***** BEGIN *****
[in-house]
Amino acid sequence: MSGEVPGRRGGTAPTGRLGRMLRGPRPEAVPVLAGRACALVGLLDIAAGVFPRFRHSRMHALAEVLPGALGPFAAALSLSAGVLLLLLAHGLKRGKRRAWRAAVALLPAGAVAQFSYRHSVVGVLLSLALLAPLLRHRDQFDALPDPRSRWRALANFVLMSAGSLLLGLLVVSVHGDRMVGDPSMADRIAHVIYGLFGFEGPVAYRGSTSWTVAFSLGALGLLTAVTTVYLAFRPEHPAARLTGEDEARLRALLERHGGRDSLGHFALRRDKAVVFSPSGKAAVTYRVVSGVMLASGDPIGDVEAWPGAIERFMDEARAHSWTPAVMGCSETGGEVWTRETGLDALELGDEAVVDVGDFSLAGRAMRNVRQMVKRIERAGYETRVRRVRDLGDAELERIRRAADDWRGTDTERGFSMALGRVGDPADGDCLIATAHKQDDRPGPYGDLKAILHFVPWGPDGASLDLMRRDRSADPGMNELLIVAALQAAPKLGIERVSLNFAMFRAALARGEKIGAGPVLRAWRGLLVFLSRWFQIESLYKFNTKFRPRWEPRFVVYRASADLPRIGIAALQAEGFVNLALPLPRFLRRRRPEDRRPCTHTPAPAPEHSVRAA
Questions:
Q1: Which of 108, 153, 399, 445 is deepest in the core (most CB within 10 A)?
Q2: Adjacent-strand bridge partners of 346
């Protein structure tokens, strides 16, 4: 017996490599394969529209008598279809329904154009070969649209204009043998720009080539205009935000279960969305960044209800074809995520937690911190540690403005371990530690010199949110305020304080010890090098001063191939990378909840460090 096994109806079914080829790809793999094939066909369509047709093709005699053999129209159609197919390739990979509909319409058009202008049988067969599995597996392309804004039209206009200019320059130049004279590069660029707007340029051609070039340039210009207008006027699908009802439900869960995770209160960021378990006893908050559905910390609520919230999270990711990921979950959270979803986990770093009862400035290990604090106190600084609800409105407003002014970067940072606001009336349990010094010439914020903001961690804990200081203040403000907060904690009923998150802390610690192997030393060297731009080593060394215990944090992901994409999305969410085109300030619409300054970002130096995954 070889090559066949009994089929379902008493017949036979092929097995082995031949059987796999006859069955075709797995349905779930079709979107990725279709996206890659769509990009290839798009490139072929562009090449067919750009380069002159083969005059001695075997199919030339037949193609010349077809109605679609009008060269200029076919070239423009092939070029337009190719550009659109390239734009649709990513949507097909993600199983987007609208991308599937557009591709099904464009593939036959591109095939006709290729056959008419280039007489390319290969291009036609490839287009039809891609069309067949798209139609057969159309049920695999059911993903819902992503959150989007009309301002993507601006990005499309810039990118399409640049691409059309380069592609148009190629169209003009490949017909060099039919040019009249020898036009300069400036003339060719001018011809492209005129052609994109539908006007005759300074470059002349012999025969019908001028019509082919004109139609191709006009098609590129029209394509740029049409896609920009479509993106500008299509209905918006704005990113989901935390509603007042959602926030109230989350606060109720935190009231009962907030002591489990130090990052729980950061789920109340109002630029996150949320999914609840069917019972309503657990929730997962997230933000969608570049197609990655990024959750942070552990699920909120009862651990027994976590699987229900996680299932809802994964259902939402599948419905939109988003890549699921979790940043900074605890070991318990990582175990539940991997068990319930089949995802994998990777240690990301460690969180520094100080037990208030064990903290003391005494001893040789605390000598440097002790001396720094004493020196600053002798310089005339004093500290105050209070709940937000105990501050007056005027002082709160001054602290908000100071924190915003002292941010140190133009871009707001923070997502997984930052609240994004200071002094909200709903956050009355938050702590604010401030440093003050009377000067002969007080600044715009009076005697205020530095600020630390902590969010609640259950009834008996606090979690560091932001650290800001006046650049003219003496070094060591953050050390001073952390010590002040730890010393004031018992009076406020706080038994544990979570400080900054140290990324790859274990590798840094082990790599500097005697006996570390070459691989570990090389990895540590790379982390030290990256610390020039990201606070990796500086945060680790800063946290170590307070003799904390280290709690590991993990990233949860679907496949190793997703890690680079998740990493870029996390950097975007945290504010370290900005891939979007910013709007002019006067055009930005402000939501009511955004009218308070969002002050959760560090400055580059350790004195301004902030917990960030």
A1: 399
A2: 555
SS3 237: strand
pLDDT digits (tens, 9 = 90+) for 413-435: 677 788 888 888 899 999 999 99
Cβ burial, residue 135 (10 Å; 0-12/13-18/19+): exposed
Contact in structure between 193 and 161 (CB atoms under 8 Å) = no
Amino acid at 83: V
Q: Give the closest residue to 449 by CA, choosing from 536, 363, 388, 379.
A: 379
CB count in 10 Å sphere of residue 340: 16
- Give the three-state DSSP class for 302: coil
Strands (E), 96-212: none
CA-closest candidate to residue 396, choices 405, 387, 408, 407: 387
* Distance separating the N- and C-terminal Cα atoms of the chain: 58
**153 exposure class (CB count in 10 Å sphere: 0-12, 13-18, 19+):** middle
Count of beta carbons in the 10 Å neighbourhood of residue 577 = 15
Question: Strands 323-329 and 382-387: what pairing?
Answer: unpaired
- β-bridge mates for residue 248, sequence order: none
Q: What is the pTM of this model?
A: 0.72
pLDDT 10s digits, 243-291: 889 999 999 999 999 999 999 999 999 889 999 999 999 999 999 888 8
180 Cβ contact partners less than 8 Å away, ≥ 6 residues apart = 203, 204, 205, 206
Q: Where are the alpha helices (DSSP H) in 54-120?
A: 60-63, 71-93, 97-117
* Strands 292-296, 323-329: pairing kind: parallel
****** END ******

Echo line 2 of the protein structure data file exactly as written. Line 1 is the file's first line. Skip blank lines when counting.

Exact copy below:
Amino acid sequence: MSGEVPGRRGGTAPTGRLGRMLRGPRPEAVPVLAGRACALVGLLDIAAGVFPRFRHSRMHALAEVLPGALGPFAAALSLSAGVLLLLLAHGLKRGKRRAWRAAVALLPAGAVAQFSYRHSVVGVLLSLALLAPLLRHRDQFDALPDPRSRWRALANFVLMSAGSLLLGLLVVSVHGDRMVGDPSMADRIAHVIYGLFGFEGPVAYRGSTSWTVAFSLGALGLLTAVTTVYLAFRPEHPAARLTGEDEARLRALLERHGGRDSLGHFALRRDKAVVFSPSGKAAVTYRVVSGVMLASGDPIGDVEAWPGAIERFMDEARAHSWTPAVMGCSETGGEVWTRETGLDALELGDEAVVDVGDFSLAGRAMRNVRQMVKRIERAGYETRVRRVRDLGDAELERIRRAADDWRGTDTERGFSMALGRVGDPADGDCLIATAHKQDDRPGPYGDLKAILHFVPWGPDGASLDLMRRDRSADPGMNELLIVAALQAAPKLGIERVSLNFAMFRAALARGEKIGAGPVLRAWRGLLVFLSRWFQIESLYKFNTKFRPRWEPRFVVYRASADLPRIGIAALQAEGFVNLALPLPRFLRRRRPEDRRPCTHTPAPAPEHSVRAA